[ 15/4/20 Reply to Dirk’s comment to Mark’s post on Foundations of Logic – to George Monbiot’s quote “If wealth was the inevitable result of hard work and enterprise then every woman in Africa would be a millionaire”]
Yes, and it is also complicated by the increasing levels of replicating systems that require energy and matter to continue their existence; with each level of system having multiple intersecting influences on every other level. By the time you get to our technological society you are looking at a minimum of 15 levels of embodied systems (and sometimes 20+).
Each level has very real sets of requirements, in terms of frequencies and quantities of various forms of energy and matter, and some in terms of various levels of information.
Trying to express those in a single metric of value is akin to trying to paint a rainbow with black paint on white paper.
So yeah – highly dimensional space that demands minimum levels of complexity for survivable outcomes.
Our tendency to demand simple explanations is now one of the greatest threats to our continued existence. Reality does in fact seem to be complex beyond the ability of any computational entity to deal with it in detail, so by definition we are all dealing with simplifications (unconscious and conscious), whether we know it or not. Acknowledging that much at least is a good first step on an infinite journey.
[followed by – Mark responded – what about a simple definition of hard]
That’s just the issue – there is no simple definition of hard.
If you have only human power and a stone adze, then cutting and carrying 80lb of wood for 10 miles is a hard day’s work. If you have a chainsaw and a ute it is easy.
If you have a truck and an excavator fitted with automated cutting and felling systems then a single person can move 80 tons a day.
Access to tools and resources make a huge difference.
Some of us have access to physical and conceptual tools that others do not.
For many, it doesn’t matter how hard they work, without access to technology they are essentially going nowhere.
If you only have access to food enough for 2,000 calories of exertion, then what seems hard will be very different from what seems hard if you have 7,000 calories of food.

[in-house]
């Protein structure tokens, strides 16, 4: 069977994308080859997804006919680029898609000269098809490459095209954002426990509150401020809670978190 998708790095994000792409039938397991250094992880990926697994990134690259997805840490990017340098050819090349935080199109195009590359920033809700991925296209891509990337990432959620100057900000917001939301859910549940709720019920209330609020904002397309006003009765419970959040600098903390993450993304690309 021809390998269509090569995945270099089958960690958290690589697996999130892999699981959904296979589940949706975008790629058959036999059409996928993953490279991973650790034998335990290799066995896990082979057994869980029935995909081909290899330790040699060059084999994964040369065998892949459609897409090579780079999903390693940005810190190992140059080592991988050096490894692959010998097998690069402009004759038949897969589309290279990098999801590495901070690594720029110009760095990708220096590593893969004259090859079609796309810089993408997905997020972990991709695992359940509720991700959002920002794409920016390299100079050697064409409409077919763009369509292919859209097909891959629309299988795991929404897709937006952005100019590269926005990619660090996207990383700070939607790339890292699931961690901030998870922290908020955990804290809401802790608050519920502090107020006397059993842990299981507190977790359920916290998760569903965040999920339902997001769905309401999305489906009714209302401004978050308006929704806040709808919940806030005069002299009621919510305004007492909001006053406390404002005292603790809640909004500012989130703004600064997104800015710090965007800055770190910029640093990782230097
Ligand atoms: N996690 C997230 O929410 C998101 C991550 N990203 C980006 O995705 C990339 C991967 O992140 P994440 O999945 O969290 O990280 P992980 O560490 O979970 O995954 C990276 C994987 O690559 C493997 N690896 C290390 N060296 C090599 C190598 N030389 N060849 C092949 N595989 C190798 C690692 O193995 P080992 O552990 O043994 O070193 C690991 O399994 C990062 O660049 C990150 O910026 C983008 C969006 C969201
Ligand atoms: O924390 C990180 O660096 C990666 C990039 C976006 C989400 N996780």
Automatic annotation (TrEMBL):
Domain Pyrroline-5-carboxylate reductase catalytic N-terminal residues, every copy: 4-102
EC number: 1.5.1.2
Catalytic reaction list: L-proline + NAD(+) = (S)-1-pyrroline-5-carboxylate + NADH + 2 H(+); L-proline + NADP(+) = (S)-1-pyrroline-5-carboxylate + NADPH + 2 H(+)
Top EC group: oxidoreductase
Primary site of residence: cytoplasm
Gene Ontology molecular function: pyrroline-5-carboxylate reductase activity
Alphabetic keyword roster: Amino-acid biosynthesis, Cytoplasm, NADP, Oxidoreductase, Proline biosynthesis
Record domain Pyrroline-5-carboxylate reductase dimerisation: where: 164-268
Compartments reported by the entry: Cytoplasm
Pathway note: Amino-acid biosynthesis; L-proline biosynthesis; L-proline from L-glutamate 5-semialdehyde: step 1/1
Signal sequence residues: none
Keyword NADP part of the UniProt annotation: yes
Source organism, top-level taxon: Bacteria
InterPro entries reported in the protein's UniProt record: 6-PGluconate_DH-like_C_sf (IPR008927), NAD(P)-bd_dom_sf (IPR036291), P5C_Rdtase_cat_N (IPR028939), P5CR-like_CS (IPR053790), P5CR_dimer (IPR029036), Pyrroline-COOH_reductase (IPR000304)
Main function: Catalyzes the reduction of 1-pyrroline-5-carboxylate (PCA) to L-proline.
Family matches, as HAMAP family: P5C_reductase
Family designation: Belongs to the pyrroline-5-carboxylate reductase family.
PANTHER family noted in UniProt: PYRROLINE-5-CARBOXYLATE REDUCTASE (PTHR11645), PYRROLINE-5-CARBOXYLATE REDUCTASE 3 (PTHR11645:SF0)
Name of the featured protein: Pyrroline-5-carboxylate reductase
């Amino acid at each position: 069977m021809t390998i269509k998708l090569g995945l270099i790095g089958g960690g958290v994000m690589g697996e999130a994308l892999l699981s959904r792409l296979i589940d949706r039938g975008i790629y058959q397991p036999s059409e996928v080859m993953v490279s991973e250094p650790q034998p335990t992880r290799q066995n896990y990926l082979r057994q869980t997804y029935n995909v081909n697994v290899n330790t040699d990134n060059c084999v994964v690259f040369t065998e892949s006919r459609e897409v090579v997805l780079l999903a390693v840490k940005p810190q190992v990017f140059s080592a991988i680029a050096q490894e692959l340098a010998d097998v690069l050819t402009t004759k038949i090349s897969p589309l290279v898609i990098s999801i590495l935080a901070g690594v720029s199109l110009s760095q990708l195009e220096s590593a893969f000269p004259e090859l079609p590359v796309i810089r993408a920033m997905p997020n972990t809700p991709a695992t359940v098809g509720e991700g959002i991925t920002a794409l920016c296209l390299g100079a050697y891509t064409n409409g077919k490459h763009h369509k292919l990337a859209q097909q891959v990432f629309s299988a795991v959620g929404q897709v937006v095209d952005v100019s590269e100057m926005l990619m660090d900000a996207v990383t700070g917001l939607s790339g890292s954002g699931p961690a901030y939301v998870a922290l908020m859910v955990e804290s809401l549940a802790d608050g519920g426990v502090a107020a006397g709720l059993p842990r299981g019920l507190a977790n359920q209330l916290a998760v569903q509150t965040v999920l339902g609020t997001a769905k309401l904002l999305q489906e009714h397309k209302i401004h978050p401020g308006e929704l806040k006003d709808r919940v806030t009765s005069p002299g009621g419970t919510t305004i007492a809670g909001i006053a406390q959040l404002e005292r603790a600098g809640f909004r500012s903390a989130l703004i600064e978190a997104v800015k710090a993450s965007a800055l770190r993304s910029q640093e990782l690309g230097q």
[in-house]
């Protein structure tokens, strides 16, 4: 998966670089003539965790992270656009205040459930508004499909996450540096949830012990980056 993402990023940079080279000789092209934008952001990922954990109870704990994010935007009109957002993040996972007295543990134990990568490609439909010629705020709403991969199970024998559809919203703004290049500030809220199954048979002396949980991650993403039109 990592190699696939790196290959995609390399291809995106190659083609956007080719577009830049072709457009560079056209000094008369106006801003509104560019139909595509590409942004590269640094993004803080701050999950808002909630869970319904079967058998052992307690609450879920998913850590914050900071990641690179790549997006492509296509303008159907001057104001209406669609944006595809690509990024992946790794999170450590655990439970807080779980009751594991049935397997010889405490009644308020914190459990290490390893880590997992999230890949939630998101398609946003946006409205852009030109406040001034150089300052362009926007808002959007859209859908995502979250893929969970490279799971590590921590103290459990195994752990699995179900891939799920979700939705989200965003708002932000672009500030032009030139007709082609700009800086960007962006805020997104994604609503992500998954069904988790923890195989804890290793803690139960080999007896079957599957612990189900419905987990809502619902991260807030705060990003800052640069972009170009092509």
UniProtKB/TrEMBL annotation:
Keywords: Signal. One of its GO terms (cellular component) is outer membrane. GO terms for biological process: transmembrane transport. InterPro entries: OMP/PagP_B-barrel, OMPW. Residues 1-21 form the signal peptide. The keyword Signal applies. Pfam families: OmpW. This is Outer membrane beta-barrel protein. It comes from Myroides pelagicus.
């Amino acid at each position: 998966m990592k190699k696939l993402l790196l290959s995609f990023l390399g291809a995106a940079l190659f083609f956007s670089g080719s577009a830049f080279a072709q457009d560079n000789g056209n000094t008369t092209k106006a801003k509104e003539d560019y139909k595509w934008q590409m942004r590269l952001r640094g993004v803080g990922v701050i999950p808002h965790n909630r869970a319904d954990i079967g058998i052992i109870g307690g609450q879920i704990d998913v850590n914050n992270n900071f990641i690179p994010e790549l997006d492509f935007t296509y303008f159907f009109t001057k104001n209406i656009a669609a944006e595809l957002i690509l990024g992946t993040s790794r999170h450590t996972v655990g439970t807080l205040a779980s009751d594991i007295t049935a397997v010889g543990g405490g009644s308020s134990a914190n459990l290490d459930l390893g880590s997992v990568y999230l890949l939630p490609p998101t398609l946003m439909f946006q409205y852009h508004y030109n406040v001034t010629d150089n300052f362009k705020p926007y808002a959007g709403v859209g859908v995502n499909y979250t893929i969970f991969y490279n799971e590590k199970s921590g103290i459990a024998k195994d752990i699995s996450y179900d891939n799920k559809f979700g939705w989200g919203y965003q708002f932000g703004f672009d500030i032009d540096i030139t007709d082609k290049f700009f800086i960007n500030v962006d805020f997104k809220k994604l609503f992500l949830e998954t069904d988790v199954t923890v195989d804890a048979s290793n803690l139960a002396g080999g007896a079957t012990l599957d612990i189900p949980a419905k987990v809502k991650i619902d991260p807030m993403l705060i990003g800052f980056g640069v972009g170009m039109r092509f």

Now that systems like Alpha Go Zero can exceed any human performance at any definable “game space” (like any “trading” system), then there are very deep questions indeed about what is hard, and what is sufficiently unlikely to be outright impossible for all practical purposes.
[followed by Mark wrote – every word has a meaning – at least in a dictionary]
I just gave a bunch of them – just like the dictionary does.
What a dictionary does is record examples of definitions in use – it doesn’t set a standard. And it is a useful tool. I first read the shorter oxford in 1972. I have a digital copy of the full Oxford 2.0 open in my laptop at present (as always), and have the 20 volume physical copy downstairs. It is a great resource – I use often. It gives me clues as to what others might mean by the arrangements of symbols they send to me.
And every word is just a pointer to a potentially infinite stack of possible meanings, depending on context and level of abstraction employed in any particular use.
Rarely is it a simple matter to try and determine exactly what someone else meant in using any set of symbols or terms.
[followed by Mark wrote – … after we create scientific definitions the dictionary had better get it right … ]
Having had a reasonably deep interest in science for over 50 years, I see plenty of room in the complexity that seems to actually exist in reality for our simplistic models and catergories to fall short of what is required.
Sure we can define things like a second in terms of ticks of a cesium atom but then we define the cesium atom ticks in terms of a large collection of fundamentally uncertain Planck time units – such that the uncertainty in the large collection is very small (but not absent).
Some classes of complexity are amenable to such treatments, some are not.